close

Вход

Забыли?

вход по аккаунту

?

Патент USA US2410030

код для вставки
Oct. 29, 1946.
J. A. HENDLEY
2,410,028 '
TEXTILE NWEBBING‘
' Filed Aug. 22, 1945
I
1: ‘
.
l6‘
l8
- 26
INVENTOR
B
JAMES AQHENDLEY ~
ATTORNEYS
2,410,028
Patented Oct. 29, 1946
UNITED STATES PATENT OFFICE
TEXTILE WEBBING ‘
James A. Hendley, Middle-town, Conn, assignor to '
The Russell Manufacturing Company, Middle
town, Conn., a corporation of Connecticut
Application August 22, 1945, Serial No. 612,089 ,
5 Claims.
(Cl. 139-390)
1
vThis invention relates to an improved textile
webbing having a longitudinally-successive series
of pockets in longitudinally-overlapping relation.
2
series of pockets l2 in longitudinally-overlapping
relation. Each pocket l2 has two opposite side
walls 13, two opposite end walls l4 and a bottom
or bottom-edge l5. The respective opposite side
One object of this invention is to provide an
walls I3, l3 of the pockets l2 form part of two
improved textile Webbing of the type set forth in
continuous face-to-face side-strips l6 and 11.
il’slay Patent No. 2,358,638, granted September 19,
One edge of each side-stripis secured substan
44.
tially throughout its length to the adjacent edge '
Another object of this invention is to provide.
of the other side-strip so as to form the bottom
an improved textile webbing of the above-men
tioned type in which the end walls are more se 10 or bottom-edge 15 of each of the pockets I2. The
end-walls M of the pockets extend generally par
curely connected to the side walls of the pockets.
allel to one another and each has one end con
Another object of this invention is to provide
nected at location‘ it to the side-strip I6 by being
an improved textile webbing of the above-men»
interwoven therewith, and has the other end sim
tioned type which can be manufactured at a
higher rate of output per loom, and at lower cost 15 ilarly connected at location IE! to the side-strip [1,
which location I9 is longitudinally displaced from
per unit of length of webbing.
the location 18 of the ?rst-mentioned end, to
With the above and other objects in view, as
will appear to those skilled in the art from the
' present disclosure, this invention includes all fea
tures in the said disclosure which are novel over
the prior art.
'
In the description and claims, the various parts
and steps are identi?ed by speci?c terms for con
venience, but they are intended to be as generic
in their application as the prior art will permit.
In the accompanying drawing forming part of
thus produce the overlapping relation of the
pockets [2. ,
‘
,
Fig. 2 illustrates the-stage of manufacture of
the textile webbing after it has been completely
woven, but prior to the performing of the cutting
or severing of the float-threads or strands II to ,
produce the completed construction shown in
25 Fig. 5. > In Fig. 2, the side-strips l6 and i‘! are
shown much further apart, and hence with the
float-threads, ll shown much longer, than is the
actual case, in order to more clearly illustrate the
ing out the invention is shown for illustrative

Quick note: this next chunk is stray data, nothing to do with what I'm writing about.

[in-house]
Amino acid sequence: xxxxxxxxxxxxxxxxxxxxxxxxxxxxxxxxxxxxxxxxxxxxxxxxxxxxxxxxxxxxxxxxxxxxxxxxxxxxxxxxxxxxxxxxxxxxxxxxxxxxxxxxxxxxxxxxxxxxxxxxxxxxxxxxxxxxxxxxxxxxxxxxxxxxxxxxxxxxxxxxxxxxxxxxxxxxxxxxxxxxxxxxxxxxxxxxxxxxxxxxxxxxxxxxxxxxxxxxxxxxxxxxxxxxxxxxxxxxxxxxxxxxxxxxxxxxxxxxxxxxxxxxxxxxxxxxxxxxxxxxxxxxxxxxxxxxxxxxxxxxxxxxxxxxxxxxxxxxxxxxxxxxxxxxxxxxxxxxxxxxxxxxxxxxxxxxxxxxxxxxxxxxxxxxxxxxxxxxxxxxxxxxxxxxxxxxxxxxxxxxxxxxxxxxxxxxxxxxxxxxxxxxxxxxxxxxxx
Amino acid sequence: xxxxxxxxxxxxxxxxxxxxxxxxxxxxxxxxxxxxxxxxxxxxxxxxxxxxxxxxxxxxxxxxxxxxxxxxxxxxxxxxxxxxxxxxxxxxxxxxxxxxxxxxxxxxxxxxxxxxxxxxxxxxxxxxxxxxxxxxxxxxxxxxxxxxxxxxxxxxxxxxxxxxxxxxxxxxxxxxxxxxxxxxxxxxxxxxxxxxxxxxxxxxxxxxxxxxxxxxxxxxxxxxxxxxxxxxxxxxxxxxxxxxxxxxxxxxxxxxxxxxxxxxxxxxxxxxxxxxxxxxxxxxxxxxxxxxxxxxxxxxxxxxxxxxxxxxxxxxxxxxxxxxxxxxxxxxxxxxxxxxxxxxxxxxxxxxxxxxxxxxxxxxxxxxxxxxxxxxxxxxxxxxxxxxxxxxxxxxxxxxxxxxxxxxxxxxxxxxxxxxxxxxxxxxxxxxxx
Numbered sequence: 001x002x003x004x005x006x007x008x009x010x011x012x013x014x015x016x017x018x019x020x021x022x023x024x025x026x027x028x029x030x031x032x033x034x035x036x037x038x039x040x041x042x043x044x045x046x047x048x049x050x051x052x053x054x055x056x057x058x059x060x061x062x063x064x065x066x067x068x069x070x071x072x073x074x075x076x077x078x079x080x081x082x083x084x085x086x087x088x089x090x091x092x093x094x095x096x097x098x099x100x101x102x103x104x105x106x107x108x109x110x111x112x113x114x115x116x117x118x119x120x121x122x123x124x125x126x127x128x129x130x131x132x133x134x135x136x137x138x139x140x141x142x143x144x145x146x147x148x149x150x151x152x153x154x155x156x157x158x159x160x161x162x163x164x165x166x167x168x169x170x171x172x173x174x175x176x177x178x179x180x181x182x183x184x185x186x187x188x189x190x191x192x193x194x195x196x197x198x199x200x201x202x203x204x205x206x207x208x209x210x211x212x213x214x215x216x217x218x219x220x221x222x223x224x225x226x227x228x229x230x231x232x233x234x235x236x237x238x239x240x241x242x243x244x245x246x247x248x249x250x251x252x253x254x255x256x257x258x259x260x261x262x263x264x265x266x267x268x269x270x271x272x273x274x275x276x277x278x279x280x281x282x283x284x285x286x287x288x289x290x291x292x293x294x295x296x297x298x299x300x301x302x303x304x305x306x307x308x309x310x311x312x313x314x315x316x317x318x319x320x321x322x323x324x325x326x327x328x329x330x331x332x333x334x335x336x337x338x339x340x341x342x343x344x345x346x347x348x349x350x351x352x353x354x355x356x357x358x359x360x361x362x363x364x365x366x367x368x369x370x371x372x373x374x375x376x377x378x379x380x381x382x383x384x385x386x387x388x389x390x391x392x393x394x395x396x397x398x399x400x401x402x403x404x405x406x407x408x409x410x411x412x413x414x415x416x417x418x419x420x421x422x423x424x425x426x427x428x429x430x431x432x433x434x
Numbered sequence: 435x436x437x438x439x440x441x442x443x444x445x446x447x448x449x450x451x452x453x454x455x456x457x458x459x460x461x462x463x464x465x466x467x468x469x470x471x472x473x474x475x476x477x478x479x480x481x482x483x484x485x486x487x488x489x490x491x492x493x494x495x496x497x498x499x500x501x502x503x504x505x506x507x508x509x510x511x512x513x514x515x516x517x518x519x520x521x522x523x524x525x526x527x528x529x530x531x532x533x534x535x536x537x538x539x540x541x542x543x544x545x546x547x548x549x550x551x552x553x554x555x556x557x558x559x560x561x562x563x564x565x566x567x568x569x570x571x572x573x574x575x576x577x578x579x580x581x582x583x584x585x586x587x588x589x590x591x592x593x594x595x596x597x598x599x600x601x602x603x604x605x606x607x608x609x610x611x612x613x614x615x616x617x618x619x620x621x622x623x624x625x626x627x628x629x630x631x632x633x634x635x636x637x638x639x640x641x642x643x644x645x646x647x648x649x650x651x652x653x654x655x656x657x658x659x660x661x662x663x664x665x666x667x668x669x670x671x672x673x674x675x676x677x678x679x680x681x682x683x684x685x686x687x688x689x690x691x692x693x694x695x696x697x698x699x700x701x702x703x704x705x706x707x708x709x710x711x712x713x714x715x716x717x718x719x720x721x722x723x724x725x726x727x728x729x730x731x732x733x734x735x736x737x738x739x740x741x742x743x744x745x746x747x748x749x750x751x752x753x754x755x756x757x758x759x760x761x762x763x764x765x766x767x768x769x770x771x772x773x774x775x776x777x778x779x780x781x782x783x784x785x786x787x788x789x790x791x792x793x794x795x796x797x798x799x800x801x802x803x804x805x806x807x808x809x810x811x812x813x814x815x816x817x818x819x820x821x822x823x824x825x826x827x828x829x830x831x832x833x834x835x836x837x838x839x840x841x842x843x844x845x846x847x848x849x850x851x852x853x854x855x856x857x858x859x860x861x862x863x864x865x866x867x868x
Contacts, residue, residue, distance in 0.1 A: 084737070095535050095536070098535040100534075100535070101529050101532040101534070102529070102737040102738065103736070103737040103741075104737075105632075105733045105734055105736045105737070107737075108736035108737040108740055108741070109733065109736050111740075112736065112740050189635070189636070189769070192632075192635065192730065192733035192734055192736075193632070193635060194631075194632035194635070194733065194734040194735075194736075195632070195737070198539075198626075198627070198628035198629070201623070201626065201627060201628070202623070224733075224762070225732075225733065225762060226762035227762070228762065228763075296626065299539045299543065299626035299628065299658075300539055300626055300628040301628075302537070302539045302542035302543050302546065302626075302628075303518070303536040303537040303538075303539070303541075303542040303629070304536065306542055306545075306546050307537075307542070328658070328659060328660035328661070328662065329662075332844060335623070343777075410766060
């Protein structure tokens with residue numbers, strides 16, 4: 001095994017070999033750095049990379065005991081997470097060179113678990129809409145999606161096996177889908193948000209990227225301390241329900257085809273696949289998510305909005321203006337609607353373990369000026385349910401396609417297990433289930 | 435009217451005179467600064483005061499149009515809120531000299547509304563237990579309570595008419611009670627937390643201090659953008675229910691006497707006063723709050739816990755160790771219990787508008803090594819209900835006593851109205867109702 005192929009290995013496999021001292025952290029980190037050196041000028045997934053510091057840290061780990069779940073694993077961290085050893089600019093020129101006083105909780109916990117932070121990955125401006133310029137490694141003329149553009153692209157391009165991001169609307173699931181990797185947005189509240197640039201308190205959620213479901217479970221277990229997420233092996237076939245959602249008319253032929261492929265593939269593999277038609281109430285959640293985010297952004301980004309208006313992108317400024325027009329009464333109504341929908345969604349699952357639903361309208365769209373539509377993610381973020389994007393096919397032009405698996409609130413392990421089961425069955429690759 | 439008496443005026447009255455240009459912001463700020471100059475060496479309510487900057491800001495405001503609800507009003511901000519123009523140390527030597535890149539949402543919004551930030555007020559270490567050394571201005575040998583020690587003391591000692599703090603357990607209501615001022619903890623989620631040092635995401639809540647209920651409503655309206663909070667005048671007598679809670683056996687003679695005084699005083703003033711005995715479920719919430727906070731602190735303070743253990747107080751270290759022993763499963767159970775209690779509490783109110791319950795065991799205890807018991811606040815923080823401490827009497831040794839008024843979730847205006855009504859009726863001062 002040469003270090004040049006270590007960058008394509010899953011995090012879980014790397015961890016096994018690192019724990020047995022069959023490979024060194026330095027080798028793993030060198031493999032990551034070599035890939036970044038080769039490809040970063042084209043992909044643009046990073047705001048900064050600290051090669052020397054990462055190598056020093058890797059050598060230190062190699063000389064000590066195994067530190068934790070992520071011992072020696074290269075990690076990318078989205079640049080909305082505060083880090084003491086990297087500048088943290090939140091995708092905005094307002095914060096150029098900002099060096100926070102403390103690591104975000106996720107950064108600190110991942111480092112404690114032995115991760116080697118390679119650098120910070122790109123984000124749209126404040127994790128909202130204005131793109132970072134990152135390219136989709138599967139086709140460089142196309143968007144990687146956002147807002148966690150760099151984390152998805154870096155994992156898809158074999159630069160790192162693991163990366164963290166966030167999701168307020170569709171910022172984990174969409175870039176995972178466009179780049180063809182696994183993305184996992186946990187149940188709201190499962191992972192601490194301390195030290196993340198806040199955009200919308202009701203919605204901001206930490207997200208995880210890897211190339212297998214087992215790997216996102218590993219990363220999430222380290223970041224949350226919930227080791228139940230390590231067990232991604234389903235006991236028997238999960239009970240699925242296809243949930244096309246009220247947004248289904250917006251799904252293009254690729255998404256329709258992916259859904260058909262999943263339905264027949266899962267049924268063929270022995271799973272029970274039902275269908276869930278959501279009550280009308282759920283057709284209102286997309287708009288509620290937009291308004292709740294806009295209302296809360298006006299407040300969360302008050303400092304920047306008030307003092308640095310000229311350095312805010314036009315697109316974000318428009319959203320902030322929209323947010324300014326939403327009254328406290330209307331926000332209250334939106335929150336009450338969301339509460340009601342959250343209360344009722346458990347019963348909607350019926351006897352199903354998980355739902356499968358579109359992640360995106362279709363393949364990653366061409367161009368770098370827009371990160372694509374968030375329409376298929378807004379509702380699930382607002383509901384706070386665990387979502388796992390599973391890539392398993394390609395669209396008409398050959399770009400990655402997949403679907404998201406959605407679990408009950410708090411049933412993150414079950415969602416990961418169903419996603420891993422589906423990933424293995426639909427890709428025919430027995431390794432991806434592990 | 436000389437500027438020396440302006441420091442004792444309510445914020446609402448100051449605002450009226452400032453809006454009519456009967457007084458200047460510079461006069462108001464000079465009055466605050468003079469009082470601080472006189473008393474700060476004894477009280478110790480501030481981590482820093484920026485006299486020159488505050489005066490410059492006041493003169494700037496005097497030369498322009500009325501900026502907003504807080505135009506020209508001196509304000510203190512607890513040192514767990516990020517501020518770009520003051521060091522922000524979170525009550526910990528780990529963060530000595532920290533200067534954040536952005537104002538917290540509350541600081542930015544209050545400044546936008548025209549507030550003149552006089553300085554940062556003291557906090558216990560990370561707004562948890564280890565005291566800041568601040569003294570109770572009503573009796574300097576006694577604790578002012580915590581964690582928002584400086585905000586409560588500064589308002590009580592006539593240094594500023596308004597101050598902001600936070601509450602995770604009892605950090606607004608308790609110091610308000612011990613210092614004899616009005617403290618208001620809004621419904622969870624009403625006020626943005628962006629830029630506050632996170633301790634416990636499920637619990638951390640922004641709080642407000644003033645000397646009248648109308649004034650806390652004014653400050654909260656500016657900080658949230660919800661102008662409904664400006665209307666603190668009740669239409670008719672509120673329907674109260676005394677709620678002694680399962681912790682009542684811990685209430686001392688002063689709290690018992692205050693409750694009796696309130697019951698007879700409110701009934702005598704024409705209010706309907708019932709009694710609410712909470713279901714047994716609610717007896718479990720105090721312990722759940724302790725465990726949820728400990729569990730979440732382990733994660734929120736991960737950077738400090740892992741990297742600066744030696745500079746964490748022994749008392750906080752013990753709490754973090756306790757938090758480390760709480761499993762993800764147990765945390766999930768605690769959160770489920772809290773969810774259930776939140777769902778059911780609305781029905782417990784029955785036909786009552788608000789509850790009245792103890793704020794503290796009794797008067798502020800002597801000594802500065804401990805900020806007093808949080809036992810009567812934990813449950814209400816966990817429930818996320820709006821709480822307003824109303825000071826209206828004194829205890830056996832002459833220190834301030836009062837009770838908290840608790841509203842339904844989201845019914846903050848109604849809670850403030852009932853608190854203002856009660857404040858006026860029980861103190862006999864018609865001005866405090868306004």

fabric at this stage of its manufacture. Ordi
purposes:
Fig. 1 is a face view of a fragment of textile 30 narily, the ?oat-threads are so short that the two
side-stripstouch or almost touch.
'
webbing made in accordance with the present
the present disclosure, in which one way of carry
invention, with a portion of the front face there
of having the weave illustrated schematically;
In weaving the webbing Hi, the warp-strands
or longitudinal strands include ?ve sets of warp
strands. The warp-strands 20 form one set of
Fig. 2 is a longitudinal sectional view taken
35 warp-strands and extend throughout the width
on line 2—2 of Fig. 1;
and length of the side-strip l6 and are interwoven
Fig. 3 is a transverse sectional view taken on
with the weft-strands or picks 2! throughout the
line 3—-3 of Fig. 1;
V
‘
Fig. 4 is a transverse sectional view taken on
line li—-—4 of Fig. 1;
‘
Fig. 5 is a longitudinal sectional view similar
to Fig. 2 but with the ?oat-threads cut and with
the webbing opened out to more clearly show the
pockets;
Fig. 6 is a longitudinal sectional view taken on
line 6-6 of Fig. 2;,and
Fig. 7 is a schematic view corresponding to
Fig. 2, and illustrating the manner in which cer
tain of the warp strands extend along the web
width and length ‘of the side-strip IS. A second
similar set of warp-strands 22 extends through
out the width and length of the other ‘side-strip
ii and is interwoven with the weft-strands or
picks 2! throughout the width and length of the
side-strip ll. Then there are three other sets of
warp-strands respectively numbered 23, 2t and
25, and respectively schematically illustrated in
the drawing, by. a dot-and-dash line, of one dot,
a dot-and-dash line of two dots, and a dot-and- '
dash line of three dots, in order to makeit easy
to follow the complicated courses that these
bing.
Referring to the drawing, the textile webbing 50 strands occupy along the length of the webbing.
These three sets of warp-strands 23, 2:4 and 25
[0, after having had the ?oat-threads i I cut in a
are also interwoven with the weft-strands or
way understood by those skilled in the art of